"As long as there's no objections from the council, the prosecutor is willing to buy us body cameras to wear," Clark added. "I've attempted several grants, but because they're such a big item right now there's not a lot of grants out there. It's really competitive."

With the council having no objections, Clark was advised to proceed with the ordering of the cameras.

"It will eliminate any questions," Town Attorney Allen Yackey said. "Ideally, if the force is trained as I think it is, it will eliminate a lot of need for defensive cases and in the event that somebody does step outside the line, it will make the case a lot easier."

On a brighter note, Clerk-Treasurer Cheryl Galloway came before the council to advise just how greatly the raising of the utility rates has affected the town.

"I started going through some of our bank funds and kind of compared how we were doing in 2012 to 2014," Galloway explained. "Just to kind of toot our horn a little bit -- sewage utility operations was at -$114,960.23. When we raised the rates, within four months we were at -$82,922.51 and as of January of this year, we are in the black $242,450.12. This is one of the reasons we were able to come and decrease our utility rates again. We're watching it and it's holding pretty steady."

Superintendent of Public Works Chuck Knuf also came before the council to give a brief update on the most recent IDEM inspection.

"On Aug. 21 we had an inspection from IDEM and on Sept. 4 we got the report," Knuf explained. "We fixed everything that's on that report. Everything has been taken care of. There was a thing with Richard's (Saucerman) emergency management, a meter in the press room and a few more."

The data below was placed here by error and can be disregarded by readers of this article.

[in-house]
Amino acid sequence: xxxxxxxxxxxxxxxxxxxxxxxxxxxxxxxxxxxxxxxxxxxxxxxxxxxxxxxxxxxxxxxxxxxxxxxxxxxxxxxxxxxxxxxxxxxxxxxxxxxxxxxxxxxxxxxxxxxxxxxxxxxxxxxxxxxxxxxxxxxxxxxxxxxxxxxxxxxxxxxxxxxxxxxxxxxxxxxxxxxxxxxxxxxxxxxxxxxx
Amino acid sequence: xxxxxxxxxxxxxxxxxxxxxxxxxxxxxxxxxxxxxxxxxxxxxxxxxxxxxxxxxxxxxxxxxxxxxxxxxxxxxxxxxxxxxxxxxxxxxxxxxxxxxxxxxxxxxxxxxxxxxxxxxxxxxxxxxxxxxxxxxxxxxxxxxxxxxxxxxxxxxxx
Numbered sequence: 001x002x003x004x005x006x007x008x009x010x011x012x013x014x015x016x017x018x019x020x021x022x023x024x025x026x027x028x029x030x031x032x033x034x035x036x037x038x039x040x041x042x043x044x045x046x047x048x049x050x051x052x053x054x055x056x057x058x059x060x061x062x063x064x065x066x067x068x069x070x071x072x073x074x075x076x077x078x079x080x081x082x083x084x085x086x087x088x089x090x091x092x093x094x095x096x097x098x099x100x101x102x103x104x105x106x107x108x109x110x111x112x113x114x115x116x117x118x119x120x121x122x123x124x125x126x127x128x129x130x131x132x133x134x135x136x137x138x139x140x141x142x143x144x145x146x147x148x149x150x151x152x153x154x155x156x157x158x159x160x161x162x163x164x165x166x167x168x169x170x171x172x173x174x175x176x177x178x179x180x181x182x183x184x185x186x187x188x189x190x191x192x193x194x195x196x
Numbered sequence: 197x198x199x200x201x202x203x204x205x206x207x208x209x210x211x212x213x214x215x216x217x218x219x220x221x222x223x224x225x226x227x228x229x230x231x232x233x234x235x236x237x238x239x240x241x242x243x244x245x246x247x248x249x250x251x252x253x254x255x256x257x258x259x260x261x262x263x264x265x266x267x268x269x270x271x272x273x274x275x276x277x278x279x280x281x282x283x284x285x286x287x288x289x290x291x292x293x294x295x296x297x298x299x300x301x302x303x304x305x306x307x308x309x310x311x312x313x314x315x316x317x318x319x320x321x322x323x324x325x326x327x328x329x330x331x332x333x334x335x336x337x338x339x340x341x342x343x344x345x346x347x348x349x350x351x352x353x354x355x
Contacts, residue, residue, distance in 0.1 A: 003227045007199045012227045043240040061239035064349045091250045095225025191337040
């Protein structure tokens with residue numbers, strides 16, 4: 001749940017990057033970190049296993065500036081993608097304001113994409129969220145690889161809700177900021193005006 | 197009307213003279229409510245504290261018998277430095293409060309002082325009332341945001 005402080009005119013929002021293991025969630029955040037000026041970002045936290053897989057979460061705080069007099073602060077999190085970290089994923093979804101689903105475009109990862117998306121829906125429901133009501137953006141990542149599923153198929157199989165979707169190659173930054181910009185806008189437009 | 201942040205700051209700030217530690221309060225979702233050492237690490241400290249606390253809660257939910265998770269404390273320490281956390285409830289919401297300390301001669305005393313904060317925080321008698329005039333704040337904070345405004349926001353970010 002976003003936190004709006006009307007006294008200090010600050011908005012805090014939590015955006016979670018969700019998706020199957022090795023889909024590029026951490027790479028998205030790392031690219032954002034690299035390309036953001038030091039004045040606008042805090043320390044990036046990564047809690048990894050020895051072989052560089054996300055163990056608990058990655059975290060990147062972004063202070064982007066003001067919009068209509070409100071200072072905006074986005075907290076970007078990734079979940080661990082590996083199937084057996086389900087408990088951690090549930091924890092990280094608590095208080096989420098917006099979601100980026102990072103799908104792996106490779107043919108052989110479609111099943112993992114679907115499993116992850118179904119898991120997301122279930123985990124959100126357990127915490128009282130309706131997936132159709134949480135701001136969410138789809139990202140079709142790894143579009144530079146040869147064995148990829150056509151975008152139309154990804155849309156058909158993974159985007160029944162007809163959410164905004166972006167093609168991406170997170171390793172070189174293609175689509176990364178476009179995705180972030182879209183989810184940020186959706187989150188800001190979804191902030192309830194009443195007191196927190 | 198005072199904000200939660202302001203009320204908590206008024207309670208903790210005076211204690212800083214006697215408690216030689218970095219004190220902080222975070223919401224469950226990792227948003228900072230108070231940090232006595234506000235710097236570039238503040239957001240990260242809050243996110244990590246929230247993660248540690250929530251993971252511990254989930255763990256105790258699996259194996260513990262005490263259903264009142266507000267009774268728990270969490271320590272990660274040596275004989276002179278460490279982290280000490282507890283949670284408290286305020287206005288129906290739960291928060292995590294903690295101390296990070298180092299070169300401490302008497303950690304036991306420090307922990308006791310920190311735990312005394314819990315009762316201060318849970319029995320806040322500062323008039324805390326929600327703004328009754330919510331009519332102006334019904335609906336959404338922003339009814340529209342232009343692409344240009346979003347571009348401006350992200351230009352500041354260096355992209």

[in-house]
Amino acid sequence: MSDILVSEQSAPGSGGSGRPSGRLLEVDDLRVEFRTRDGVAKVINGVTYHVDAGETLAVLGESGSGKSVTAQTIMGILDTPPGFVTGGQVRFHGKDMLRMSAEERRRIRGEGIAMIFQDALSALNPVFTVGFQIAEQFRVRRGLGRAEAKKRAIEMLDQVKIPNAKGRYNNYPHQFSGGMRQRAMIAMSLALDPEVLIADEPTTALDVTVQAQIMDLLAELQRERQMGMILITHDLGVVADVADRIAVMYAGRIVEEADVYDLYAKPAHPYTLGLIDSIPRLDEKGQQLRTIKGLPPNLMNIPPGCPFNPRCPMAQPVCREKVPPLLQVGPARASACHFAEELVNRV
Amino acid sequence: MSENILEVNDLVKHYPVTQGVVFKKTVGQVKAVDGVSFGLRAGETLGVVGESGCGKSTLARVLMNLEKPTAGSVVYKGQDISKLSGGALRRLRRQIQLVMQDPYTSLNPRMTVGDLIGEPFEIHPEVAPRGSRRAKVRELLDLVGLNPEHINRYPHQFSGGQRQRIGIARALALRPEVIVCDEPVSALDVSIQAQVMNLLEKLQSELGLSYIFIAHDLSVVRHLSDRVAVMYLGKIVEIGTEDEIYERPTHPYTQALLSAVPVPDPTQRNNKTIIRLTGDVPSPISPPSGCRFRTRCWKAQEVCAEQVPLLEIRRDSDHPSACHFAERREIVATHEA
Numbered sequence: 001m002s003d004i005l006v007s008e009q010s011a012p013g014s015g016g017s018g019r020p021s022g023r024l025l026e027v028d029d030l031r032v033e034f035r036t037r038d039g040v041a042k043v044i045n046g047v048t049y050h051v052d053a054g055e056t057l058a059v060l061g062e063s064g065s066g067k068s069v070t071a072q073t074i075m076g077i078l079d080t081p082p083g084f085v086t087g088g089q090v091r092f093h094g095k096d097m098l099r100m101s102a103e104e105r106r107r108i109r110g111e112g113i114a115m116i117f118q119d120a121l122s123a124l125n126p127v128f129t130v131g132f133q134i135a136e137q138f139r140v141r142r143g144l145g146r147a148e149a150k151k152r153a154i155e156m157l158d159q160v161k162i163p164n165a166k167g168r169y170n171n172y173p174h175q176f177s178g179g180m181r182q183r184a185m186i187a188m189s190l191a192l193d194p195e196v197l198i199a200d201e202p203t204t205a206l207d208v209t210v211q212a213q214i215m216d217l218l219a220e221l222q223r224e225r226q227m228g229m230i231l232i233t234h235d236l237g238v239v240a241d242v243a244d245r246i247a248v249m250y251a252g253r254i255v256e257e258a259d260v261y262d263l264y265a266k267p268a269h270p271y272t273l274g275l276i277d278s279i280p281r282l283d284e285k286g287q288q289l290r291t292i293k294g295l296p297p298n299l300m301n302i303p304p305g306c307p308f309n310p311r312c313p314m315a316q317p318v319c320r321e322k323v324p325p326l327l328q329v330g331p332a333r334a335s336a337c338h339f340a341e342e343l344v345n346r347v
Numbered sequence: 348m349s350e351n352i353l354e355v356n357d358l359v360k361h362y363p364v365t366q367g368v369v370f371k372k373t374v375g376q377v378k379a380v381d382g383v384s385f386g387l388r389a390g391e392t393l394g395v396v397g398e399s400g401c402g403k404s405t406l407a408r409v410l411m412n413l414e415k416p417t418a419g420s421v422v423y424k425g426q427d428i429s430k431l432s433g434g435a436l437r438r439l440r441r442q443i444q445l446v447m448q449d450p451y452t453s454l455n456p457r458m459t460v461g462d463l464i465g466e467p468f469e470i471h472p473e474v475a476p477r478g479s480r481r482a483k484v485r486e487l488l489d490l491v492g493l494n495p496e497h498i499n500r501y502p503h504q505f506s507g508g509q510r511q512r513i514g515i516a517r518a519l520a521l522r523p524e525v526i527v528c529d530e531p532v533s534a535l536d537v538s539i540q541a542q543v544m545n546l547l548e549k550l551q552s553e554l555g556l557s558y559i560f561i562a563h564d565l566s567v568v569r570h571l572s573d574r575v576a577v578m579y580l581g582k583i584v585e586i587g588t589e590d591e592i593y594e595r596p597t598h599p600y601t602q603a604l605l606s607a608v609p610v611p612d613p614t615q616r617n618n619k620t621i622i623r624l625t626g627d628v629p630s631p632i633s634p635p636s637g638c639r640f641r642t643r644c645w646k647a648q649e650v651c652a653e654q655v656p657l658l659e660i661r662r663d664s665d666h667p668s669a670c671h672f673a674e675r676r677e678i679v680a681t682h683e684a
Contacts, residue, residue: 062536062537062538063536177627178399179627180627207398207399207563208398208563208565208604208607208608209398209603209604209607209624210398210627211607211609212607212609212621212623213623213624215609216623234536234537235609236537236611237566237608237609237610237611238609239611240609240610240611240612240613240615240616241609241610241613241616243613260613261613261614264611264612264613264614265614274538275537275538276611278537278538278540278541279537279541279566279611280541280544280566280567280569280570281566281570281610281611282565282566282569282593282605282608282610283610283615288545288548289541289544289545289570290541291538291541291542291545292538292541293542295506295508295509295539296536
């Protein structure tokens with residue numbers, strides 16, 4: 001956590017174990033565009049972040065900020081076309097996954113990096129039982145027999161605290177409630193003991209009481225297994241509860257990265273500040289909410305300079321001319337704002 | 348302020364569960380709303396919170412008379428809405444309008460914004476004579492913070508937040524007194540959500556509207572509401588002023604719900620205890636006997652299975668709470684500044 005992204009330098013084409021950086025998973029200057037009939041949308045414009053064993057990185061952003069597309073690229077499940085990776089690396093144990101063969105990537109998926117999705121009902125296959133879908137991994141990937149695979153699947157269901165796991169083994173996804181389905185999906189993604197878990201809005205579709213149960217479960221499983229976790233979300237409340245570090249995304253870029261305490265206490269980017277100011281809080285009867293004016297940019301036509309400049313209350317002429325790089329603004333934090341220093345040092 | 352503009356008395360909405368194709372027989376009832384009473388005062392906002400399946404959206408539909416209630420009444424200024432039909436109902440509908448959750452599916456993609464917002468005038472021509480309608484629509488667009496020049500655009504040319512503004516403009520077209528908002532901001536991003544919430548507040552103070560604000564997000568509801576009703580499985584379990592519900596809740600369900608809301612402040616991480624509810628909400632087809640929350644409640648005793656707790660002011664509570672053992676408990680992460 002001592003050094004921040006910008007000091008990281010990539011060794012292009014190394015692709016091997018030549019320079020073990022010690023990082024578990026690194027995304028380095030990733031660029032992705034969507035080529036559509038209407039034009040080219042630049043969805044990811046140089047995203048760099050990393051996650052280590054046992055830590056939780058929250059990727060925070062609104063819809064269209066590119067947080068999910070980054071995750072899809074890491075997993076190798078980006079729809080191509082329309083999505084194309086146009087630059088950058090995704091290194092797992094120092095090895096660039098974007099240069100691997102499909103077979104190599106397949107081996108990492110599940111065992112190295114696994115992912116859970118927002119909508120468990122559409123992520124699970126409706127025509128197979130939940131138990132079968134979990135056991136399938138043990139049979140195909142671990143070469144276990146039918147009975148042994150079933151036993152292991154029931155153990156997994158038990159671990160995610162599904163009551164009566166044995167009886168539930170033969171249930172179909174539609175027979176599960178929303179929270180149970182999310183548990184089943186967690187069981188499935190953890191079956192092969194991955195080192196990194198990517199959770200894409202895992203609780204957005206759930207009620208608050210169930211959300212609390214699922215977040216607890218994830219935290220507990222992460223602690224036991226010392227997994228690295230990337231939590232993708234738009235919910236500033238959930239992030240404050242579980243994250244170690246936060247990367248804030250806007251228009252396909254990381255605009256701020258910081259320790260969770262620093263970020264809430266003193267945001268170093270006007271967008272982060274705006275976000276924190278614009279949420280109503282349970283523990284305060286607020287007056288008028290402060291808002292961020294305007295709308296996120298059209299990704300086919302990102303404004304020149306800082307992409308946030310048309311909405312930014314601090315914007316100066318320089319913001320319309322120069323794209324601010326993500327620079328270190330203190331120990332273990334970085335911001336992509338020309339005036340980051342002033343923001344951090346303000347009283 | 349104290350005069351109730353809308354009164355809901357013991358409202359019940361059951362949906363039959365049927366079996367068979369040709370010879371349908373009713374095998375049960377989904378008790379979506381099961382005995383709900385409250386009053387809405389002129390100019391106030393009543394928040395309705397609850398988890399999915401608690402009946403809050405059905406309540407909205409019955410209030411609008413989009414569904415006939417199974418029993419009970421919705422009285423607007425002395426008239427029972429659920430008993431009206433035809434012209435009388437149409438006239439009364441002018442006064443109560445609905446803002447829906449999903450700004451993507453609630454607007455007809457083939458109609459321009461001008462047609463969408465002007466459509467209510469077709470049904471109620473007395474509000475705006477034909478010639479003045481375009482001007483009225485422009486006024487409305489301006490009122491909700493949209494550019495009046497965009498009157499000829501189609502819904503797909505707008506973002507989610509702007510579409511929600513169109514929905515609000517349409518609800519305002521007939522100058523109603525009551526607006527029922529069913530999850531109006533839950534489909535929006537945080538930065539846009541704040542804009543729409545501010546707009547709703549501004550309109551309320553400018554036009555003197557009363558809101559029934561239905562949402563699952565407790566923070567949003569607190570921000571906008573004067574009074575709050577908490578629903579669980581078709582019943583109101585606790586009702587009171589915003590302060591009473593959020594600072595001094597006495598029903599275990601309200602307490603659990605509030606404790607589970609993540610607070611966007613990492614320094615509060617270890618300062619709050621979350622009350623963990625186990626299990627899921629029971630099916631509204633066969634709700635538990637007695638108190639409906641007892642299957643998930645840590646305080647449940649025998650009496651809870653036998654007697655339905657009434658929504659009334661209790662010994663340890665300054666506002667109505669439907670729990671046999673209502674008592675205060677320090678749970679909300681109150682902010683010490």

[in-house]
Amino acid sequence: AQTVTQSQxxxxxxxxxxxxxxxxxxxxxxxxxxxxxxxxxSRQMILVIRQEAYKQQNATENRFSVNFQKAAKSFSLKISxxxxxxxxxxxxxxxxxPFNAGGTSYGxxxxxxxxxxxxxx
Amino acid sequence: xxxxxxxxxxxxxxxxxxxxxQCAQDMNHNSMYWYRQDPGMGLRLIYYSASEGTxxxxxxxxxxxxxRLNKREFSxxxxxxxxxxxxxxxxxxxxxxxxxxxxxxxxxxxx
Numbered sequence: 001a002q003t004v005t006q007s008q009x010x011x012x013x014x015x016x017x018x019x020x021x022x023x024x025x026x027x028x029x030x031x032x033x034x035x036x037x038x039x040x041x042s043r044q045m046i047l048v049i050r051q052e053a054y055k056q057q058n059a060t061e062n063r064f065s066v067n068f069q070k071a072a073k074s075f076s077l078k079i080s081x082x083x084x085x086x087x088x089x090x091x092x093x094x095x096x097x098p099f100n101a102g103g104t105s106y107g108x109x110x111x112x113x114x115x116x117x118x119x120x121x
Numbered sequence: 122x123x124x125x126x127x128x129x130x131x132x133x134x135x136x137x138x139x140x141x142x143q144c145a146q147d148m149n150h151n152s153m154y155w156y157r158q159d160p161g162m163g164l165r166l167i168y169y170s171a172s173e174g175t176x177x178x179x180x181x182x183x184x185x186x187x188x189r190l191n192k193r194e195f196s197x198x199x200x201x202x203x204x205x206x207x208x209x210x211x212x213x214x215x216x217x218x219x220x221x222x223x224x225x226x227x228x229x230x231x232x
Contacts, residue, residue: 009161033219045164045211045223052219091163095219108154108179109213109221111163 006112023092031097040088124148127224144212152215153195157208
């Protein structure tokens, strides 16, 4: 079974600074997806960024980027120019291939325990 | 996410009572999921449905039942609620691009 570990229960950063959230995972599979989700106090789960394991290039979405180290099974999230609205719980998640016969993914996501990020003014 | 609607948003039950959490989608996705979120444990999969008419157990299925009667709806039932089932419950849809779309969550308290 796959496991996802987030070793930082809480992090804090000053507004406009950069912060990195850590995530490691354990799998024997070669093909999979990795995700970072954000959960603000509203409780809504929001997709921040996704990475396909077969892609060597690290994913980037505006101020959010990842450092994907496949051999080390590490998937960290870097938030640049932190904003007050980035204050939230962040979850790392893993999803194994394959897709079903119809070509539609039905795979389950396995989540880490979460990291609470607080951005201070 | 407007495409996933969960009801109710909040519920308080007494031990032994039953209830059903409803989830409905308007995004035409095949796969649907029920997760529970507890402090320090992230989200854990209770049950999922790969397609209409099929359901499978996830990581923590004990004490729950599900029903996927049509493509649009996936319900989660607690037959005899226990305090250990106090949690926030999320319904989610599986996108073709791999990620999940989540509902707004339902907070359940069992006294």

Knuf also noted that there is a section on Robert Weist, on the east side of the railroad tracks, that is collapsing.

"We're going to have to block the road off," Knuf said. "We'll have to saw it all the way across and just run a new piece of pipe."

It is not yet clear what day the road will be closed for the patching. However, Knuf noted that he will attempt to wait until the grain harvest is completed.

Knuf also received approval for the purchase of 100 tons of salt at a cost of $94.27/ton.

In other business:

*The council also approved the adoption of the 2015 budget through Ordinance 2014-27.

*The council opened sealed bids for the 1997 Ford utility truck. The council went with a bid of $5,100 from J&M Contracting.

* The council also opened bids for the renovation of the town hall, which was awarded to T.J. Farrer at a cost of $78,500.